The Conscientious Consumer: A Disruption Opportunity in Local On-Demand

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Local search innovators know that if they attract enough consumers, local service professionals are bound to follow. So, far from competing to offer the best compensation and benefits packages to attract the best independent contractors, startup founders are competing to entice the most consumers with maximum convenience, maximum security, and at minimal cost — even if they lose a few quality contractors in the process.

Race-to-the-bottom pricing is just one trend in the local on-demand industry which disincentivizes contractors, Another equally insidious startup tendency is to ensure brand loyalty by prohibiting contractors from marketing their services to the platform users that hire them. Even money-back guarantees encourage platform brand loyalty by making it hazardous for consumers to engage in trusting, loyal business relationships with local pros off-platform.

Ultimately, by perpetuating low pay and eroding independent repeat business for contractors, the local on-demand services industry can exacerbate the stagnant wages and economic insecurity plaguing our shrinking middle class, but not without cost. As innovators sacrifice worker interests on the altar of consumer satisfaction and gain market dominance, here are three growing vulnerabilities they should look out for.

The Consumer Conscience
The consumer conscience is a powerful force in the market; it has driven many to put their dollars where their values are, align themselves with workers against brands that appear to exploit them (like Walmart and McDonald’s), and fill the coffers of brands with a more socially responsible image (like Chipotle). As consumers pay more for brands that meet their ethical standards, money doesn’t just talk; it speaks for the voiceless: child-laborers, sweatshop workers and the working poor.

Furthermore, as consumers become more sophisticated in their understanding of the budding on-demand industry, the same conscientious impulse that inspired them to pressure brands to adopt better practices or support artisans and small businesses over chains like Walmart may similarly spark a movement against certain brands within the local search industry as well. Many consumers will choose inconvenience over complicity, supporting neighboring local professionals directly rather than paying low prices on platforms that tax their communities with high service fees.

The Ethical Disruptor
For every McDonald’s, there is a Chipotle, a service that positions itself as the ethical alternative, satisfying consumers’ needs while easing their conscience.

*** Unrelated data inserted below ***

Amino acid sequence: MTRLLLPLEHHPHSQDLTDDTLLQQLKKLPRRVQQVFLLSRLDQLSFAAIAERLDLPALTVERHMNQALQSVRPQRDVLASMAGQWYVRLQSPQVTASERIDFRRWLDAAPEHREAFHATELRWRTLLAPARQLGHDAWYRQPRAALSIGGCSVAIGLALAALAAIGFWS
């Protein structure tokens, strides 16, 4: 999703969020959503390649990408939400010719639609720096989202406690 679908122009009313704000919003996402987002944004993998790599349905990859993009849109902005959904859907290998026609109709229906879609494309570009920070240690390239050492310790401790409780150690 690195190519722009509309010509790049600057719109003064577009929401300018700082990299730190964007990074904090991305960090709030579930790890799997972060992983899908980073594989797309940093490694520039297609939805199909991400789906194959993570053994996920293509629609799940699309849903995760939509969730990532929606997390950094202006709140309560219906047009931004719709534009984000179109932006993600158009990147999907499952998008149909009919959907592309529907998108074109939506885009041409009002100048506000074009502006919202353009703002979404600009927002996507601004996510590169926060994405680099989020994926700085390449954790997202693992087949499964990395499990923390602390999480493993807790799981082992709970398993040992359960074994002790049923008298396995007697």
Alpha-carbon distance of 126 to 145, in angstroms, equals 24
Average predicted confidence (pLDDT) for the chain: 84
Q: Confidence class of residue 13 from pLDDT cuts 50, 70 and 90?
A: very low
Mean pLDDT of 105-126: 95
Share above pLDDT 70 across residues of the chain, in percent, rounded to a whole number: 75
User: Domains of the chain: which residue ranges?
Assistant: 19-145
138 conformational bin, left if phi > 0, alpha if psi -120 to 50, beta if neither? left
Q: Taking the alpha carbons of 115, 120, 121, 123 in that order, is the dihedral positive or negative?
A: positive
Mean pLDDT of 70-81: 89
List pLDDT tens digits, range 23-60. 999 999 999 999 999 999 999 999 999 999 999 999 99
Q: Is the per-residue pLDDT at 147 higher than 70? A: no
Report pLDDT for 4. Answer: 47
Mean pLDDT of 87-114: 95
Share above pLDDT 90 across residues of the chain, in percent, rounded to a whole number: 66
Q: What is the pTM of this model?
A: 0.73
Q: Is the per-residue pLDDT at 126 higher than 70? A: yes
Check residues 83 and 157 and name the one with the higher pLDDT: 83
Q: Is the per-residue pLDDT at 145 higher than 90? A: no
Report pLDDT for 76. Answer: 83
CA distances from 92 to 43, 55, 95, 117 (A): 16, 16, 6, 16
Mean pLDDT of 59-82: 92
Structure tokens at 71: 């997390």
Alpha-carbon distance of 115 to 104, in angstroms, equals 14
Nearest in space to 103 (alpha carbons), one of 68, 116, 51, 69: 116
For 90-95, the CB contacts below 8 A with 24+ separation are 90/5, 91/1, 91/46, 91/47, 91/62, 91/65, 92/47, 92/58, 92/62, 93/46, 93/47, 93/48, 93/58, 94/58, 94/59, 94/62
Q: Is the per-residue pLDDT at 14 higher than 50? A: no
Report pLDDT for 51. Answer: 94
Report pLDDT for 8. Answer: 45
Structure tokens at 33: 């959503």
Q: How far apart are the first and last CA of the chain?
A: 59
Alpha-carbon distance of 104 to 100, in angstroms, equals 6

With my own business, TalkLocal, we’ve positioned ourselves as the ethical alternative to local on-demand as a whole. Our brand messaging highlights how making phone calls more efficient helps businesses and consumers build personal connections which inspire repeat business and customer loyalty, effectively making communities stronger. We similarly pride ourselves on charging businesses a small flat rate per conversation so that more of their profits stay in their communities and not in the hands of a national lead-generation agency. Startups that tread ethical boundaries will always remain vulnerable to disruption by a business model or even merely a brand image that attempts to quite literally corner the market on ethical business practices.

Worker Retention
High contractor churn rates are currently endemic to the local on-demand industry. According to one Requests for Startups 2015 study, low pay (43%) and lack of enjoyment (37%) are the leading causes for turnover among independent contractors (1099s). Meanwhile, company-sponsored events and social interaction rank at the top for respondents’ most desirable benefits. Ironically, the very isolation that leaves 1099s dissatisfied (along with intolerably low pay) makes it exceedingly difficult for 1099s to associate with like-minded peers and unionize in any disruptive way.

For unions to be possible, a career has to be sustainable enough to attract a critical mass of workers who are happy enough to stay and fight to improve their institution rather than simply leave. It’s a sad commentary that worker conditions aren’t even good enough for the industry to face union problems.

Yet, the chronically high churn rates have had little influence on the development of local on-demand; the consumer demand side will always pull new local professionals to replace those that the industry loses. Of course, the disgruntled and their stories can influence consumers, sparking demand for that ethical alternative, even at higher cost. And, once an alternative gains traction and a consumer base, the disruptor will begin to attract the best and brightest local professionals, sparking a brain-drain among competitors and building its own capacity to deliver value at or above its higher cost.

There is a market — on the demand side as well as the human resources/supply side — for startups that seek to advance the interests of workers. After all, if the consumer conscience can feel the weight of empathy for people who don’t share their language, country, or species, then how much more will they empathize with their neighbors, people who live in their community, a few minutes’ drive from their zip code? Any innovator who underestimates the strength of the human heart, even as it pertains to commerce, will find themselves on the losing end of a major industry disruption.

Manpreet Singh is Founder and President of TalkLocal, a local startup with apps on iPhone and Android which help consumers find and speak to high-quality local professionals in minutes. Follow him @MSinghCFA.